• This game is under the Sci-Fi & Superhuman genres.
  • The game system is Free-form.
  • This game contains adult content.
Homeland X
The road we've traveled to get here was paved with the best of intentions.

Charles Xavier was a visionary. He saw the coming of the mutant race before others understood what was happening. He predicted the need for a school to train them. He anticipated the fear, hatred, and violence that could occur when the Evolved met the Ignorant.

Charles was a learned man, and this included a comprehensive knowledge of history. He knew what happened to those who were too different, especially when that difference led to fear. He knew how some would manipulate the fear of the masses to their own agendas, their own gain. There would be laws. Restrictions. Oppression.

Perhaps even genocide.

He decided to get out in front of the problem. He would work with the government, serve as an adviser, and influence public policy as it occurred. He would work from within the system to protect his species.

And for a while, it worked. A small school trained the handful of known mutants in the safe and proper use of their powers. They became his first field agents in the FBI division known as 'Division X', and later in the separate agency called Homeland X.

Publicly, mutant powers were classified as weapons, requiring registration, licensing, and even training. In order to limit the unavoidable discriminatory nature of these laws, all weapons were regulated thus. And so the greater good was served: universal gun control had come to pass as a consequence, and the people were largely happy about it.

Homeland X worked well for many years. They trained new mutants, monitored citizens with registered mutant abilities, and combated rogue mutants where they occurred. They protected the population against the more random super-beings that couldn't be categorized in evolutionary terms: the lab accidents, the alien hybrids, and the so-called gods and monsters. Homeland X were perceived as patriots. As heroes.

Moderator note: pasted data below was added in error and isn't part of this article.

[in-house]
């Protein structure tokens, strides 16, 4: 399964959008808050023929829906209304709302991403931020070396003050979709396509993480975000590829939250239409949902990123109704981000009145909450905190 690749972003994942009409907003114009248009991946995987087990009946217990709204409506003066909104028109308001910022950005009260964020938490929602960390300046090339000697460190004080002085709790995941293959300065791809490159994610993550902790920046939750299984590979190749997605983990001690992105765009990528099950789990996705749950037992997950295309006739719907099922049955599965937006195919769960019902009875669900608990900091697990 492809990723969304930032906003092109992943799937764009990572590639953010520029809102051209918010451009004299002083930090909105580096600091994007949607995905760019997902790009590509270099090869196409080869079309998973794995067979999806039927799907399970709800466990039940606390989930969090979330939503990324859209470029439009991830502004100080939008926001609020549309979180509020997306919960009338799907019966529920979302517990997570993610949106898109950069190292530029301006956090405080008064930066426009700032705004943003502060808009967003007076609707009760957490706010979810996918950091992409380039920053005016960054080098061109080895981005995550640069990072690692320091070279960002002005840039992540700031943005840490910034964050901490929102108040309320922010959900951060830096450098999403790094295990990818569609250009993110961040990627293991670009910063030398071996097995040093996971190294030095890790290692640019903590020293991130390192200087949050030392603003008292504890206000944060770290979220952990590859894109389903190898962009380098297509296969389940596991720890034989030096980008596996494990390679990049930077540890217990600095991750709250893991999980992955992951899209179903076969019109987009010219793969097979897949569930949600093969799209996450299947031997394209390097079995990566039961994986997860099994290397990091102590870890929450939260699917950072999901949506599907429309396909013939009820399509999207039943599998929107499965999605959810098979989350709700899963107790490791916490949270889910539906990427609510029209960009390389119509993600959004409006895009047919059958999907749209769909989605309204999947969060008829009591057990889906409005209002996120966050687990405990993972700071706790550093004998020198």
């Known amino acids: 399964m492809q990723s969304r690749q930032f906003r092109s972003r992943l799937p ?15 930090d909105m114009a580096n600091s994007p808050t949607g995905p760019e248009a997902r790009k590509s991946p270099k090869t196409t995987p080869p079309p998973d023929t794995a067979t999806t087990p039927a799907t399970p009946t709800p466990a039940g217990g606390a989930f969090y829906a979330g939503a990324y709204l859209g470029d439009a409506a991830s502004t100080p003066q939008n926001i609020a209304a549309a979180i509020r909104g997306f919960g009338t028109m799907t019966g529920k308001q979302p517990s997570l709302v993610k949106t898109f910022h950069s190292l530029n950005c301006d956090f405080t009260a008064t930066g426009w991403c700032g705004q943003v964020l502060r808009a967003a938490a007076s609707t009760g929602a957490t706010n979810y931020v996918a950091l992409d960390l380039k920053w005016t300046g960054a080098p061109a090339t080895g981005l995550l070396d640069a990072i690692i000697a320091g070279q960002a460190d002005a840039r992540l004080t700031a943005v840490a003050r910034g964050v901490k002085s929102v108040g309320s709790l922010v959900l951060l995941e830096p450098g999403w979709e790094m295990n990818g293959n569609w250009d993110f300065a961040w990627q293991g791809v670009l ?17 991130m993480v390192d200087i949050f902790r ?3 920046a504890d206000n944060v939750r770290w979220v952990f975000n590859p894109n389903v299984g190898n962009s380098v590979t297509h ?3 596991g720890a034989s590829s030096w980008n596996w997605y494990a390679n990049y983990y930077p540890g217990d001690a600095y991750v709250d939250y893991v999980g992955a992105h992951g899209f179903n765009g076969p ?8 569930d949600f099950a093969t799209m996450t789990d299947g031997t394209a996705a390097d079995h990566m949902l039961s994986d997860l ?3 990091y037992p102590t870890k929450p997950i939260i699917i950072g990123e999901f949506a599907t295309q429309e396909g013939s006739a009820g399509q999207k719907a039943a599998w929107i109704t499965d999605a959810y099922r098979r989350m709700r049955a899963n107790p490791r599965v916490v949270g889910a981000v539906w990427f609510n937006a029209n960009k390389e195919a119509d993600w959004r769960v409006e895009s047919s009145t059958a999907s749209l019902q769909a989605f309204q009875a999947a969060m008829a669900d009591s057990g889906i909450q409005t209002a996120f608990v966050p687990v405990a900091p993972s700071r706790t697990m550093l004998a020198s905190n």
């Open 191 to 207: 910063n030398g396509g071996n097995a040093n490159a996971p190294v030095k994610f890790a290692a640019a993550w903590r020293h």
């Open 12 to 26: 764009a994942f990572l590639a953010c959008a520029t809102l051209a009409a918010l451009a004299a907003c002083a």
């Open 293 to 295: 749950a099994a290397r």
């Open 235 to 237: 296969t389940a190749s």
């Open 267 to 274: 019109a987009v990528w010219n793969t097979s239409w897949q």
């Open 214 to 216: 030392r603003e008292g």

For a time. Only for a time.

The rates of mutant birth and mutant emergence accelerated. This, Xavier failed to foresee, so when it all came down to numbers, he was unprepared for the new reality. Humans didn't worry when there were a hundred mutants in the U.S. population. Not two hundred.

A thousand, though? Ten thousand?

A million?

Inevitably, people became fearful. Mutants could overthrow the government, conquer the human race, destroy the world. They were no longer satisfied with registration and monitoring. Now they wanted control. Suppression.

Mutants deemed a clear and present threat to national security were given a choice: work within Homeland X, or have their powers dampened or eliminated through special means. Some were subjected to experimental surgeries or implants. Some died.

Xavier was unable to fight the new paradigm. He retired in shame.

That was five years ago.



This is a hard reboot of a game originally called The Brotherhood, and then (briefly) House of M.